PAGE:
Thursday July 25, 2024
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Angela Leet Releases Statement on Crime Numbers

Mayoral candidate and current District 7 Councilwoman Angela Leet called the Fischer Administration’s claim that crime is down, “dishonest.”

This claim is absolutely disingenuous. During Fischer’s first year in office, there were 49 homicides in the county. Last year, there were 108 homicides in the county. This year, we are currently on track to double the number of homicides in Fischer’s first year. So seeing a tiny downtick in a few week’s time is not a victory when all Fischer has managed to do is set a new normal of more than a 100 homicides a year,” said Leet.

In a 2005 survey, Morgan Quitno Press ranked Louisville as the seventh safest large city in the United States with that rank dropping to number eight in the 2006 edition of the survey.  Lousiville, however, failed to make independent security review site SafeWise’s 2017 list of 50 Safest Metro Cities in America at all and came in at 106 in WalletHub’s 2017’s Safest Cities in America rankings.

Leet claimed that the legacy of the Fischer Administration would be that “homicides have doubled, shootings have doubled, and drug overdose deaths have tripled” under the oversight of the current mayor.

The LMPD historical homicide data does show a dramatic uptick in murders over the past several years. The highest number of murders since 1960, the earliest year in which data is available, was 2016’s record setting year with 122 homicides in Jefferson County, followed closely by 2017’s number of 116 total homicides.

Fischer’s first year in office, 2011, saw the lowest number of homicides since 2003. The several years following his tenure as Mayor showed measurably higher numbers before beginning their remarkable increase to the numbers seen in recent years.

Leet continued, “For the 10 years prior to Fischer taking office, U of L Hospital admitted an average of 166 gunshot victims per year. During the Fischer Administration, U of L Hospital has seen an average of over 200 shooting victims, and that average is over 300 for the last 2 years. 1700 people have been admitted to University of Louisville Hospital for gunshot wounds since Fischer took office. That does not even include victims who were not admitted.

Putting a rosy spin on crime numbers is nothing new, however. Last August we published the city’s release claiming that crime overall in Lousiville was down 4%, driven by large decreases in violent crimes such as rape and robbery, and smaller decreases in property crimes like larceny. The article, however, noted then that homicides were up by 20% over the previous year’s data.

However, Leet said of Fischer’s attempt “to spin a tale of ‘crime is down'” in a year in which he is up for reelection, “I am disappointed that Fischer is manipulating numbers and denying the reality of drug and gang issues in our neighborhoods.

VoteSecretary of State Alison Lundergan Grimes today projected approximately 60 percent of the 3.3 million people registered to vote in Kentucky will turn out for next week’s general election.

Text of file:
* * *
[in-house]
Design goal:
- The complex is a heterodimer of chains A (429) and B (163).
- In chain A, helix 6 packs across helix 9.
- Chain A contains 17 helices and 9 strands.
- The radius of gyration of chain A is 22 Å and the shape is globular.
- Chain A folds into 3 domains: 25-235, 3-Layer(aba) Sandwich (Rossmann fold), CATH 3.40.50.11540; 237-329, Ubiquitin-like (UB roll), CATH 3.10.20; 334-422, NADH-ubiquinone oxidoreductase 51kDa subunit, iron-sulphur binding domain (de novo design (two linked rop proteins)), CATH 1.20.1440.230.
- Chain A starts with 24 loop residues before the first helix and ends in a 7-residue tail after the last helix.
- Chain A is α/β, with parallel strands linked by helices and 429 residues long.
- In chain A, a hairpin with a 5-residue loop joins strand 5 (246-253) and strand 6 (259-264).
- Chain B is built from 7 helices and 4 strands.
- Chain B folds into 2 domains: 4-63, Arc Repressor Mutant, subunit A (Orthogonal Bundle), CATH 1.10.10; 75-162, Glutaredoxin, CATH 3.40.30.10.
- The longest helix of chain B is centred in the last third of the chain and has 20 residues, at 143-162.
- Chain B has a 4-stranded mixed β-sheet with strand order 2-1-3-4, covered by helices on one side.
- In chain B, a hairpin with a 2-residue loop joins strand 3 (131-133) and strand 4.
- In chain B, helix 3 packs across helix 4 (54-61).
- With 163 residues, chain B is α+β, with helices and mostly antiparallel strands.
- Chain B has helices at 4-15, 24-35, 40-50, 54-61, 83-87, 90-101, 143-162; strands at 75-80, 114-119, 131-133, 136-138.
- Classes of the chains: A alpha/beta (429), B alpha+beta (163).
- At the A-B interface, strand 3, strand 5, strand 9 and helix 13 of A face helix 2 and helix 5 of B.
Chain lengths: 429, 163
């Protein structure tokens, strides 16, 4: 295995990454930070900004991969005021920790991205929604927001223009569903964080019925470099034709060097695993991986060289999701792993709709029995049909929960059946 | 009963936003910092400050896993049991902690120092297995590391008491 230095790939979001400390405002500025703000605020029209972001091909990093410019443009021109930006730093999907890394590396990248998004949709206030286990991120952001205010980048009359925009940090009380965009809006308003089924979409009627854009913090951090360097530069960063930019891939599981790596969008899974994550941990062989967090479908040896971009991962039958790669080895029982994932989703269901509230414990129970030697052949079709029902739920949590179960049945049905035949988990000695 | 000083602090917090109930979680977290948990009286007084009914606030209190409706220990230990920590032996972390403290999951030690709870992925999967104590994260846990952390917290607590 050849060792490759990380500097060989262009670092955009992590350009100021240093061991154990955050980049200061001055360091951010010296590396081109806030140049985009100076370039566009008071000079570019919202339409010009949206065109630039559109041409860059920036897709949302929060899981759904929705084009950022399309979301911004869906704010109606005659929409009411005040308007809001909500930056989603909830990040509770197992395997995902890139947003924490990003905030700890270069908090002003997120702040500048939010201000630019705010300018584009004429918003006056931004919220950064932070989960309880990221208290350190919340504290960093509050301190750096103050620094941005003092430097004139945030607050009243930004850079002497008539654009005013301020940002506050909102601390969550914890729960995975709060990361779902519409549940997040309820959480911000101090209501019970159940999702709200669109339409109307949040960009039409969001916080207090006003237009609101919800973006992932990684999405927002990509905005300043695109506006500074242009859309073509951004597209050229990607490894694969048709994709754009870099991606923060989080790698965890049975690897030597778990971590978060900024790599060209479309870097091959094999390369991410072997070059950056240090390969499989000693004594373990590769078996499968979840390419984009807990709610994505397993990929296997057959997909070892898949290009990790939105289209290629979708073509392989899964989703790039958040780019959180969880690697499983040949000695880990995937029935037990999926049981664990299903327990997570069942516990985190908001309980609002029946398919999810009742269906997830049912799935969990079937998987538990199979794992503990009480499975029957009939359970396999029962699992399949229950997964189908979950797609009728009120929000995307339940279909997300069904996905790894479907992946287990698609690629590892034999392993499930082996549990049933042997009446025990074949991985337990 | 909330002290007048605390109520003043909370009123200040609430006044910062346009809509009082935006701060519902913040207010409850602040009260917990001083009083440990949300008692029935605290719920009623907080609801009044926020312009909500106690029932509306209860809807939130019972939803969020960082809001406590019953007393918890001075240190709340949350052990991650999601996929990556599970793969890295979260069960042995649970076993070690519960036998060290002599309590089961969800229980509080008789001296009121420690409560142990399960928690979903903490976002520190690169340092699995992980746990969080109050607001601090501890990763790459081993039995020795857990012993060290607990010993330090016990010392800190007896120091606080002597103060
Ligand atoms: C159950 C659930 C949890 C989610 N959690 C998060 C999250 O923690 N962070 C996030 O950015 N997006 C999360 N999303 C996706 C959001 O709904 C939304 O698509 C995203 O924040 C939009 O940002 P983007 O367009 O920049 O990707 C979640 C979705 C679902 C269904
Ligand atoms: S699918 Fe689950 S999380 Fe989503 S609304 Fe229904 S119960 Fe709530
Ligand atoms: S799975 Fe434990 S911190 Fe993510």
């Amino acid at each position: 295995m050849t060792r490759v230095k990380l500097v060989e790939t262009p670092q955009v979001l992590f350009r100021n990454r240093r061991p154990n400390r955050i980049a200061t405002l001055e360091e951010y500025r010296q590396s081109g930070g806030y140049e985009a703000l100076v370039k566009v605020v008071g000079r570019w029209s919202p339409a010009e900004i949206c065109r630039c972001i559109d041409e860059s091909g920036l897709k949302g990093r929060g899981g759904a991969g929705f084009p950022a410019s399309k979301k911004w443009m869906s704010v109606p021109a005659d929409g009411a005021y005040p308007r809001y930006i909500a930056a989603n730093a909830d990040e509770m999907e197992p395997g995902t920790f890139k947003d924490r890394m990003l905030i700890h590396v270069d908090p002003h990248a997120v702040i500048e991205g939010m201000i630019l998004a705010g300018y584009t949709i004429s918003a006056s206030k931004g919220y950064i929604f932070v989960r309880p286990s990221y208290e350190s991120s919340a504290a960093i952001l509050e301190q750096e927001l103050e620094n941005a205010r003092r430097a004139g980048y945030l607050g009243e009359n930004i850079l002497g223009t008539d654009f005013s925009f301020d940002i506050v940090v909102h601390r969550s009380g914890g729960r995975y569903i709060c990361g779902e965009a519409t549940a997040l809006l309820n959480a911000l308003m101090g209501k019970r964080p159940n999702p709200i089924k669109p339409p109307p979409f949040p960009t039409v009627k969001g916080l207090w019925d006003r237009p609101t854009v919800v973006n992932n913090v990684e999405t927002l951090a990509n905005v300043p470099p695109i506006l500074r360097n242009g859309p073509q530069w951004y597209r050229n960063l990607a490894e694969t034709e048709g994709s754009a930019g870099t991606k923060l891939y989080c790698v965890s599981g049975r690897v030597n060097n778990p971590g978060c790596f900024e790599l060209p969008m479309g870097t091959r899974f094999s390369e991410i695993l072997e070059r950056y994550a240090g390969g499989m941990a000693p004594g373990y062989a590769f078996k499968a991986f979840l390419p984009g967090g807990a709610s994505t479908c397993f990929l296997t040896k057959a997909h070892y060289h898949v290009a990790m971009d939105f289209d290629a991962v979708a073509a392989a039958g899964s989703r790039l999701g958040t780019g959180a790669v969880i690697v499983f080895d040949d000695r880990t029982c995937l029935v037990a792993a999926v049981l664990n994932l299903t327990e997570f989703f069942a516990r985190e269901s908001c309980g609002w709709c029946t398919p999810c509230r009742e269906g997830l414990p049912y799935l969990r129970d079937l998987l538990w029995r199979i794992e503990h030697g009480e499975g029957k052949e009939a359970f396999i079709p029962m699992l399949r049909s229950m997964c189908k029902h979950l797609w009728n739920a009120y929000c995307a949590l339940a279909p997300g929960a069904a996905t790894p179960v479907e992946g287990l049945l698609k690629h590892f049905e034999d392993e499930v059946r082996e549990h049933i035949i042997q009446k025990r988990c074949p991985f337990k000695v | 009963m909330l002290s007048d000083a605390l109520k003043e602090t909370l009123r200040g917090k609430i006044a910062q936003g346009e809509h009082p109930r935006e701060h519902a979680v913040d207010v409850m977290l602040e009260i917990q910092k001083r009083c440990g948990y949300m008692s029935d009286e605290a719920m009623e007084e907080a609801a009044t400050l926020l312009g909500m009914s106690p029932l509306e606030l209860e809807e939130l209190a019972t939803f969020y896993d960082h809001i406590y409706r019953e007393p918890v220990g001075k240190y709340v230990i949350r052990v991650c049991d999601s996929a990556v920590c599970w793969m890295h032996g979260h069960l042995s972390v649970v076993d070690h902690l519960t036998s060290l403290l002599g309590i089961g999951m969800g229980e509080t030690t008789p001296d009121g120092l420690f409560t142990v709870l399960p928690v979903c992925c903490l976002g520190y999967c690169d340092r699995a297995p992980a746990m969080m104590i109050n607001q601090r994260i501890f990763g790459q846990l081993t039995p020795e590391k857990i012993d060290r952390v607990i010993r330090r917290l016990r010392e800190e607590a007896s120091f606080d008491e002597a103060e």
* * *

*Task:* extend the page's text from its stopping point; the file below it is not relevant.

“We hope this year will continue to be a record-breaking year in Kentucky,” said Grimes. “Two weeks ago, we made history with the highest number of Kentuckians registered to vote. Now, we hope that will translate to great voter turnout on Election Day.”

Grimes tracks absentee ballot totals as an indicator of final turnout on Election Day. According to current statistics, Grimes projects turnout for the Nov. 8 general election will be on par with the presidential elections of 2008 and 2012 when 64 percent and 60 percent of Kentuckians voted, respectively.

As of Monday, nearly 47,000 voters had voted in person on machines in county clerks’ offices and approximately 39,700 mail-in absentee ballots had been sent to voters who had requested them.

About 20 percent of Kentucky voters cast ballots in the May Primary Election.

Grimes encourages voters to prepare to vote on Nov. 8 by checking their polling places and viewing sample ballots through, Kentucky’s one-stop portal for election resources.

Voters can honor Kentucky veterans’ service by casting their ballots in their honor during the upcoming general election on Nov. 8. Secretary of State Alison Lundergan Grimes is reminding Kentuckians to participate in her office’s “Vote in Honor of a Veteran” program.

“The more than 300,000 veterans who live in our Commonwealth deserve our respect and admiration for their service. All of them have given of themselves to protect our rights – especially the right to vote – and many gave their lives,” said Grimes, Kentucky’s chief election official. “We owe it to them to go to the polls on Election Day and cast our vote in their honor.”

Voters can request a “Vote in Honor of a Veteran” button from their county clerk or the Secretary of State’s office. The button can be personalized to include the name of a veteran the voter will honor on Election Day. Voters can also submit online tributes to the veterans they are honoring at

Grimes is passionate about supporting Kentucky’s active-duty and veteran military members and their families. As Secretary of State, Grimes has advocated on their behalf in a range of issues from voting to business creation to job opportunities, and she played an integral role in the creation of the Kentucky Veterans Hall of Fame.

Following a trip to the Middle East, Grimes fought for improved voting procedures for deployed military which resulted in the Commonwealth’s first Kentucky Military Heroes Voting Initiative, allowing military to receive absentee ballots through a secure online portal and cutting out weeks in the military absentee process. More than 4,500 military and overseas voters have utilized the portal ahead of the Nov. 8 general election. Military voters who qualify can access the portal at